Rescue work resumed Sunday in Sichuan province after survivors of a massive earthquake spent a jittery night worried that blocked rivers would flood their already devastated towns.
Two rivers backed up by landslides had threatened to flood the towns, sending thousands of people fleeing in a region still staggering from the country's worst disaster in 30 years.
The official Xinhua News Agency said a man was found alive after being trapped for 139 hours in a collapsed hospital in Beichuan. Xinhua said Sunday that the man, Tang Xiong, "was only slightly bruised" when he was pulled to safety.
But the government fears the death toll from last Monday's magnitude 7.9 quake will surpass 50,000.
A mountain sheared off by the quake blocked the Qingzhu river and swallowed the village of Donghekou whole, entombing an unknown number of people inside a huge mound of earth.
An official said Sunday the flooding danger had eased.
"The river levels have dropped," said a government official at the disaster command post in nearby Qingchuan, in the northern part of Sichuan province. He refused to give his name.
Frightened residents had streamed out of the entire county on the northern edge of the quake zone, spurred by mobile phone text messages sent en masse by local government officials warning that the water level was rising and people downstream were being evacuated.
In the town of Beichuan, 60 miles to the south, thousands fled as the reports circulated.
The swift exodus underscored the jitters that persist. A strong aftershock — the second in two days and measured by the U.S. Geological Survey at magnitude 5.7 — shook the area early Sunday for 45 seconds, causing people to run into the streets.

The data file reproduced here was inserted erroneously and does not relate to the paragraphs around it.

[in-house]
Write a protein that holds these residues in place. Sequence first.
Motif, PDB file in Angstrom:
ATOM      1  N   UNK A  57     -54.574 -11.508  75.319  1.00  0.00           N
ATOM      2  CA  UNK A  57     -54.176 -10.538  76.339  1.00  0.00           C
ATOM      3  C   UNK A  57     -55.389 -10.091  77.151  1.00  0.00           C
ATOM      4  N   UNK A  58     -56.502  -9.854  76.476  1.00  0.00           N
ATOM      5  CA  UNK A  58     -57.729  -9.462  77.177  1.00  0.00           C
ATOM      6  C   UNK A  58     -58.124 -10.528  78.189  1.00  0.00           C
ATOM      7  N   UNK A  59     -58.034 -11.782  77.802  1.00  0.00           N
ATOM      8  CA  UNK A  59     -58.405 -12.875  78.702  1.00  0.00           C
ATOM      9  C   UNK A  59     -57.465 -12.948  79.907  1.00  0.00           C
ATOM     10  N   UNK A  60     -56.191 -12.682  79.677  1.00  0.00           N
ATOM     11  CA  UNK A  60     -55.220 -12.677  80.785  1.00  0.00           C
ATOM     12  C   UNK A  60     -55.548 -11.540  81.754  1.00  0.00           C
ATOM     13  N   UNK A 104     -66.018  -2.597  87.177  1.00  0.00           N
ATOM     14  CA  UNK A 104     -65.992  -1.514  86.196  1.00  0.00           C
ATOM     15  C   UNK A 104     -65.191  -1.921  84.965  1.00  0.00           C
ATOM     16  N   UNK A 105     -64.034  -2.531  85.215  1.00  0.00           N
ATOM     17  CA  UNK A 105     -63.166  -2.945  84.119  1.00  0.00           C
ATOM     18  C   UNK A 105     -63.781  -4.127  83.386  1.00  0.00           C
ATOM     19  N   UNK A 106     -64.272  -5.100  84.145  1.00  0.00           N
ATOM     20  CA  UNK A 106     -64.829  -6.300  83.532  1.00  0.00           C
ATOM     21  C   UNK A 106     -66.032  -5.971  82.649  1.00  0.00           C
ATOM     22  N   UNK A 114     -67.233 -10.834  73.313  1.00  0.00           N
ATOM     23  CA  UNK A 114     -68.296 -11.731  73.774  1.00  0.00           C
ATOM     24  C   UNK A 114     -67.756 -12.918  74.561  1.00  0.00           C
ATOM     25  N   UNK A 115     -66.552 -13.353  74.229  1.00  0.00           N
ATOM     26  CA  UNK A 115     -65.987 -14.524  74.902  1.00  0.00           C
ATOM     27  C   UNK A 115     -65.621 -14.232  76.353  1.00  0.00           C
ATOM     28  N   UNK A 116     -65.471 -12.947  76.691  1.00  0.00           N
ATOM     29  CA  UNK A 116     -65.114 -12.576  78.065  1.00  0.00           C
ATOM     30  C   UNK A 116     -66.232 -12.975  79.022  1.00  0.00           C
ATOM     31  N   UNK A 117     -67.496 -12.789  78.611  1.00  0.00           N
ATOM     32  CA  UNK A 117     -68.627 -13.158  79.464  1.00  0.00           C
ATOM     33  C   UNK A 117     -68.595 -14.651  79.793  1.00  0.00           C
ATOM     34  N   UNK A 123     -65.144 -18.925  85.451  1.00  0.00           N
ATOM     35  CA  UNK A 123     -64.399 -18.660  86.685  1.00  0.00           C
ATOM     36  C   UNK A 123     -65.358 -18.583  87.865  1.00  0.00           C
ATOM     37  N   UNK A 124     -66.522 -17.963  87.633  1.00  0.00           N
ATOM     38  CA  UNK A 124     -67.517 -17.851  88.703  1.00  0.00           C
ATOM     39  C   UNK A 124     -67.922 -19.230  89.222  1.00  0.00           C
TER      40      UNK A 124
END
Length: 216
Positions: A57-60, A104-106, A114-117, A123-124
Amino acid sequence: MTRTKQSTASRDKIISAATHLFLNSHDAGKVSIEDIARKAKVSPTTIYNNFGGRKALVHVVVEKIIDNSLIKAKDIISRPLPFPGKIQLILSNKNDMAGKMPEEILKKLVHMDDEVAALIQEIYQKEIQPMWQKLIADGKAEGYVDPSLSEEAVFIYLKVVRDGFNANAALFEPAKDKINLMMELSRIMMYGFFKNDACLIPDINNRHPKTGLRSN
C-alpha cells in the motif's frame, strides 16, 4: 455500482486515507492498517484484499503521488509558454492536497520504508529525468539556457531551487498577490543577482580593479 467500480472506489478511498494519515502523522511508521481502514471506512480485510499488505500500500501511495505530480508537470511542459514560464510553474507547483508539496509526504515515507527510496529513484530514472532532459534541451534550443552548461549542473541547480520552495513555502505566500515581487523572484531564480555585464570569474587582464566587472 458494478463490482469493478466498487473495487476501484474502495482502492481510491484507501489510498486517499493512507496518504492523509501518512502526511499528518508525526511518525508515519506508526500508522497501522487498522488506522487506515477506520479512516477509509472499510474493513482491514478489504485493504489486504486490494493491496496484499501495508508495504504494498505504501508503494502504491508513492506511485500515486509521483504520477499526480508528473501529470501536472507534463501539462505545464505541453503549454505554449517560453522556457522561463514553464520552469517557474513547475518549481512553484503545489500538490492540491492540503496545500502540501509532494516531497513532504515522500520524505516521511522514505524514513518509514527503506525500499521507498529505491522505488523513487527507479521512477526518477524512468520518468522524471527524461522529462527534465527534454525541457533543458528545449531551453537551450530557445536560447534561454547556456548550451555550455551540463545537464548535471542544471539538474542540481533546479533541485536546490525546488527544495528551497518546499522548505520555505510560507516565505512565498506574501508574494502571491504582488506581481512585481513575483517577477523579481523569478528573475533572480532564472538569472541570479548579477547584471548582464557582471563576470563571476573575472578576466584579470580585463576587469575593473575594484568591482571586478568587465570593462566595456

A village disappears
In all the devastation wrought by the quake, little looks as bleak as Donghekou.
The road to the village ends in a tangled twist of metal and tar. In the small valley below, the village itself has disappeared when the mountain collapsed. Locals said two other villages further upstream, Ciban and Kangle, had suffered the same fate. The three villages were home to about 300 families, locals said.
Eerie and still, the remaining landscape has few signs of human life — a soiled green floral scarf, a rubber pipe, a log.
"Oh God! I have lost everything," said Wen Xiaoying, 32, whose voice shook as she surveyed the valley below for the first time since returning from far-off Guangdong province where she worked.
She held up one hand as she ticked off the family members that died -- her father, her mother, her sister and her brother-in-law — all of them buried somewhere in the muck before her.
"When I saw them the last time, we celebrated together," said Wen, a glimmer of a smile showing through as she remembered happier days. "I didn't expect it would be the last time I saw them."
Who's left? 'Only me'
Su Ciyao trudged over the bend in plastic slippers, carrying a plastic rice bag stuffed with salvaged clothes.
"My village is over there," the 44-year-old said, gesturing to the swollen earth behind him. Asked where his family was, he could only shake his head.
"Only me," he said, and then set off without a backward glance.
Drizzling rain in the valley added to the gloom, and to the fear of carloads of people who clogged the twisting mountain roads as they streamed out of the region.